• operating circular saws, band saws, or guillotine shears
  • in or around a distillery where alcoholic beverages are manufactured, bottled, wrapped, or packed
  • in the manufacture, storage, or transportation of explosive components
  • in the manufacturing of brick, tile, or similar products
  • in the manufacture or transportation of dangerous or toxic chemicals or compounds
  • in, about, or in connection with, poisonous dyes, dangerous or poisonous gases, compositions of lye in dangerous quantities, dangerous or poisonous acids, or pesticides
  • in any activity involving exposure to radioactive substances or ionizing radiation
  • around asbestos or any other cancer-causing agents
  • operating or assisting in operating any job, cylinder, or offset printing presses
  • in any activity involving slaughtering, butchering, and meat cutting
  • in any place or occupation which the Alabama Department of Labor may declare dangerous to life or limb or injurious to the health or morals of youth under 18 years of age

AL Statute 25-8-43(a)

Are there any exceptions to 16 and 17-year-olds working in prohibited occupations?

Employers may employ 16 and 17-year-olds in the prohibited occupations listed above if the youth are enrolled in work-study, student-learner, cooperative education, or similar programs in which the work performed is an integral part of the course of study. The work-study, student-learner, cooperative education, or similar program must be registered by the Alabama Office of Apprenticeship. Employers may also employ 16 and 17-year-old youth if the employment is procured and supervised through the Alabama Department of Education and approved by the Alabama Department of Labor. AL Statute 25-8-43(b)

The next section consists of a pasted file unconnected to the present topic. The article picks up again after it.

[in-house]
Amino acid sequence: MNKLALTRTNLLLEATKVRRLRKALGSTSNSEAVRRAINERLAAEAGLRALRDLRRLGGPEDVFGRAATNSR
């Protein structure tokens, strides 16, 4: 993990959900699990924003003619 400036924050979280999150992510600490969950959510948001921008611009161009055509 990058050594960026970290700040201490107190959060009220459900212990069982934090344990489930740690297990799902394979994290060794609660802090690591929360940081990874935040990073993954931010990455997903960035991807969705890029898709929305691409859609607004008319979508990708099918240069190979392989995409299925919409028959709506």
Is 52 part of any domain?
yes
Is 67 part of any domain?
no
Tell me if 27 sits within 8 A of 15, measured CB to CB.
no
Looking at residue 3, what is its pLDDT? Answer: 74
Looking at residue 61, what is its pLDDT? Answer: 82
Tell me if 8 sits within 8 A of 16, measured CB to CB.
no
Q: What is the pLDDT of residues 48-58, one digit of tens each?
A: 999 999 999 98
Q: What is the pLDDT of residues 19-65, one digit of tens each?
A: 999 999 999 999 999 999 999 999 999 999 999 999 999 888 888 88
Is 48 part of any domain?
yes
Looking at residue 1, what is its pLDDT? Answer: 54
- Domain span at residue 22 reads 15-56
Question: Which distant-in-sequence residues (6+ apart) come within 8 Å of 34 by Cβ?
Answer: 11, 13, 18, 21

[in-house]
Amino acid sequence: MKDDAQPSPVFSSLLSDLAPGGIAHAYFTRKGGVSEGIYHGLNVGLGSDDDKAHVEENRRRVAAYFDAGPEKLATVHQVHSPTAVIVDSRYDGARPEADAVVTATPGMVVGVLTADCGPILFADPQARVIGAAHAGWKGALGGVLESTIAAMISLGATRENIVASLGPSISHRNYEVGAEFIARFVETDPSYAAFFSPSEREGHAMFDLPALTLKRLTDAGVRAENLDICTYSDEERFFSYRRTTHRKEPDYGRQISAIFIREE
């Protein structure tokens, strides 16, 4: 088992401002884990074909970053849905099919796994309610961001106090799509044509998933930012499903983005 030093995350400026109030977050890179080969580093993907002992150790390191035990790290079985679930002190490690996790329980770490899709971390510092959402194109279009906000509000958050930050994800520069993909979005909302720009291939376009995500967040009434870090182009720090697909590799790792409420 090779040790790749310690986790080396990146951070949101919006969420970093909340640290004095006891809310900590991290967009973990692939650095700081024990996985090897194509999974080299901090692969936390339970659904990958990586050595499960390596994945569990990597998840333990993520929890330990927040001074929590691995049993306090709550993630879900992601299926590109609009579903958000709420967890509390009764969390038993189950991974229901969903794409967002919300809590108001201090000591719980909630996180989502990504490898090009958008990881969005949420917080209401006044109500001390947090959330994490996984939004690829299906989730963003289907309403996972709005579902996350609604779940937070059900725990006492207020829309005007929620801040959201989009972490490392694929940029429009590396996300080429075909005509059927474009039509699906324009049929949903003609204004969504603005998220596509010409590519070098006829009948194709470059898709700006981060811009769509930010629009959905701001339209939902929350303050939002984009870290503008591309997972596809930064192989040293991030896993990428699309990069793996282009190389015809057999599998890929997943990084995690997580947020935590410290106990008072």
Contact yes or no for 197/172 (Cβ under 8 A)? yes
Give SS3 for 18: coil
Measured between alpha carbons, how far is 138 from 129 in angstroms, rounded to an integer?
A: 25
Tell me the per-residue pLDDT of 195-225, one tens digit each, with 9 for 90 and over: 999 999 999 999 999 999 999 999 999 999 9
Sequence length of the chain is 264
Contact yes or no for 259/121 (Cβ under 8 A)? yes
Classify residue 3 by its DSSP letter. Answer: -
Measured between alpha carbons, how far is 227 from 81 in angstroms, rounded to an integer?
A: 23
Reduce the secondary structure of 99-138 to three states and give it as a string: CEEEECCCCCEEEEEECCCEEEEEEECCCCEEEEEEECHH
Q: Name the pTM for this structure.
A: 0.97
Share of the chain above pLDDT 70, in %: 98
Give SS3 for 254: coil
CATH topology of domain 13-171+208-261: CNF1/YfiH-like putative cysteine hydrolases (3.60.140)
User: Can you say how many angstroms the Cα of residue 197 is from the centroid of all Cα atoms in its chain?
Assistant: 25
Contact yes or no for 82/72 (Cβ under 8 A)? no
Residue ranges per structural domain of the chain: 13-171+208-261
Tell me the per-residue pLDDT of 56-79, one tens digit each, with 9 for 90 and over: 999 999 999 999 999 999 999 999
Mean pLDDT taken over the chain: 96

What are Alabama child labor laws for 14 and 15 year-olds?

Alabama child labor laws have provisions specifically directed to 14 and 15-year-olds, including restrictions on what times during a day 14 and 15-year-olds may work, how many hours in a week they many work, and what jobs or occupations they may perform. The restrictions on the employment of 14 and 15-year-olds under Alabama’s child labor laws are discussed below.

What days, times, and hours can 14 and 15-year-olds work?

Pursuant to Alabama child labor laws, youth who are 14 or 15 years old may generally work:

  • While school is in session
    • for no more than 6 days in a school week
    • for no more than 18 hours in a school week
    • for no more than 8 hours on a non-school day
    • for no more than 3 hours on a school day
    • between 7:00 a.m. and 7:00 p.m.
  • While school is out of session
    • for no more than 6 days in a workweek
    • no more than 40 hours in a workweek
    • between 7:00 a.m. and 9:00 p.m. on any given day

AL Statute 25-8-36

Under these rules, employers may not allow 14 and 15-year-olds to work overtime. An exception to these time restrictions is triggered when the 14 or 15-year-old has complete high school or an equivalent. In such instances, the youth may obtain permission from the local school superintendent to work the hours allowed for 14 and 15-year-olds when school is not in session even when school is in session. AL Statute 25-8-37